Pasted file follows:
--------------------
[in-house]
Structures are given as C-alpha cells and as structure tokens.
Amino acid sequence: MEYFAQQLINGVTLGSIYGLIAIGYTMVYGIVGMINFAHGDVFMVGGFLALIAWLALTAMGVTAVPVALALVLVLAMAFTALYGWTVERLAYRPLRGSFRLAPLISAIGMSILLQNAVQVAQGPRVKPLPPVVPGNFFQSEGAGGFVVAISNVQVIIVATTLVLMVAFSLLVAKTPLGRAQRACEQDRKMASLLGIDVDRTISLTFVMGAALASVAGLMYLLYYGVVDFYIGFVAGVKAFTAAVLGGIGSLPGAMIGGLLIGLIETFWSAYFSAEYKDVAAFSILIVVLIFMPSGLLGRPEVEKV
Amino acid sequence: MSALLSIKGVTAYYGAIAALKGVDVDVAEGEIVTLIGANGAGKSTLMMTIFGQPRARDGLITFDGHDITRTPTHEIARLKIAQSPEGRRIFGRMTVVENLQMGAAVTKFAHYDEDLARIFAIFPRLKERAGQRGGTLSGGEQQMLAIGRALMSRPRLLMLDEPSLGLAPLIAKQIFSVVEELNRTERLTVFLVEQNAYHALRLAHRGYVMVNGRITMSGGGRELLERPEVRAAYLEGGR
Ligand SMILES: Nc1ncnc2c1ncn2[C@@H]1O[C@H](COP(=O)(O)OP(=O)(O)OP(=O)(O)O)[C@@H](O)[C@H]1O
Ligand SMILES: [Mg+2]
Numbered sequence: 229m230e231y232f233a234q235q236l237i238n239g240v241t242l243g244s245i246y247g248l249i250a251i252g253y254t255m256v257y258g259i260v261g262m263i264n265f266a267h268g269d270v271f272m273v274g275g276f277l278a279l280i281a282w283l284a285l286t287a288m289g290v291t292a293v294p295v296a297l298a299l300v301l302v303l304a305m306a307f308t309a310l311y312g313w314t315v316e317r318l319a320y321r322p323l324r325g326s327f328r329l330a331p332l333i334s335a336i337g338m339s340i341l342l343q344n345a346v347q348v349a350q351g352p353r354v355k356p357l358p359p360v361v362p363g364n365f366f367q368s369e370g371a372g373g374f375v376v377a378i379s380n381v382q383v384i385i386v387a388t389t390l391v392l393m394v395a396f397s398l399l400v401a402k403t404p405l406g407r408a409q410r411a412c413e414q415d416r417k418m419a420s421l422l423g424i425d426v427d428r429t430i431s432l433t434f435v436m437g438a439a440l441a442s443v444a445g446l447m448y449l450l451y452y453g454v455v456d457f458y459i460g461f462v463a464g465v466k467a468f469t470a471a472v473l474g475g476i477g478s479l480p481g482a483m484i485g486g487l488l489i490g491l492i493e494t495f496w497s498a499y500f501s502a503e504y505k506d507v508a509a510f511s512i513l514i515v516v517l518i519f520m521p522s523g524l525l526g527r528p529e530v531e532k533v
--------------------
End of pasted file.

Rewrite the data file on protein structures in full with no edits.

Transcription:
[in-house]
Structures are given as C-alpha cells and as structure tokens.
Amino acid sequence: MEYFAQQLINGVTLGSIYGLIAIGYTMVYGIVGMINFAHGDVFMVGGFLALIAWLALTAMGVTAVPVALALVLVLAMAFTALYGWTVERLAYRPLRGSFRLAPLISAIGMSILLQNAVQVAQGPRVKPLPPVVPGNFFQSEGAGGFVVAISNVQVIIVATTLVLMVAFSLLVAKTPLGRAQRACEQDRKMASLLGIDVDRTISLTFVMGAALASVAGLMYLLYYGVVDFYIGFVAGVKAFTAAVLGGIGSLPGAMIGGLLIGLIETFWSAYFSAEYKDVAAFSILIVVLIFMPSGLLGRPEVEKV
Amino acid sequence: MSALLSIKGVTAYYGAIAALKGVDVDVAEGEIVTLIGANGAGKSTLMMTIFGQPRARDGLITFDGHDITRTPTHEIARLKIAQSPEGRRIFGRMTVVENLQMGAAVTKFAHYDEDLARIFAIFPRLKERAGQRGGTLSGGEQQMLAIGRALMSRPRLLMLDEPSLGLAPLIAKQIFSVVEELNRTERLTVFLVEQNAYHALRLAHRGYVMVNGRITMSGGGRELLERPEVRAAYLEGGR
Ligand SMILES: Nc1ncnc2c1ncn2[C@@H]1O[C@H](COP(=O)(O)OP(=O)(O)OP(=O)(O)O)[C@@H](O)[C@H]1O
Ligand SMILES: [Mg+2]
Numbered sequence: 229m230e231y232f233a234q235q236l237i238n239g240v241t242l243g244s245i246y247g248l249i250a251i252g253y254t255m256v257y258g259i260v261g262m263i264n265f266a267h268g269d270v271f272m273v274g275g276f277l278a279l280i281a282w283l284a285l286t287a288m289g290v291t292a293v294p295v296a297l298a299l300v301l302v303l304a305m306a307f308t309a310l311y312g313w314t315v316e317r318l319a320y321r322p323l324r325g326s327f328r329l330a331p332l333i334s335a336i337g338m339s340i341l342l343q344n345a346v347q348v349a350q351g352p353r354v355k356p357l358p359p360v361v362p363g364n365f366f367q368s369e370g371a372g373g374f375v376v377a378i379s380n381v382q383v384i385i386v387a388t389t390l391v392l393m394v395a396f397s398l399l400v401a402k403t404p405l406g407r408a409q410r411a412c413e414q415d416r417k418m419a420s421l422l423g424i425d426v427d428r429t430i431s432l433t434f435v436m437g438a439a440l441a442s443v444a445g446l447m448y449l450l451y452y453g454v455v456d457f458y459i460g461f462v463a464g465v466k467a468f469t470a471a472v473l474g475g476i477g478s479l480p481g482a483m484i485g486g487l488l489i490g491l492i493e494t495f496w497s498a499y500f501s502a503e504y505k506d507v508a509a510f511s512i513l514i515v516v517l518i519f520m521p522s523g524l525l526g527r528p529e530v531e532k533v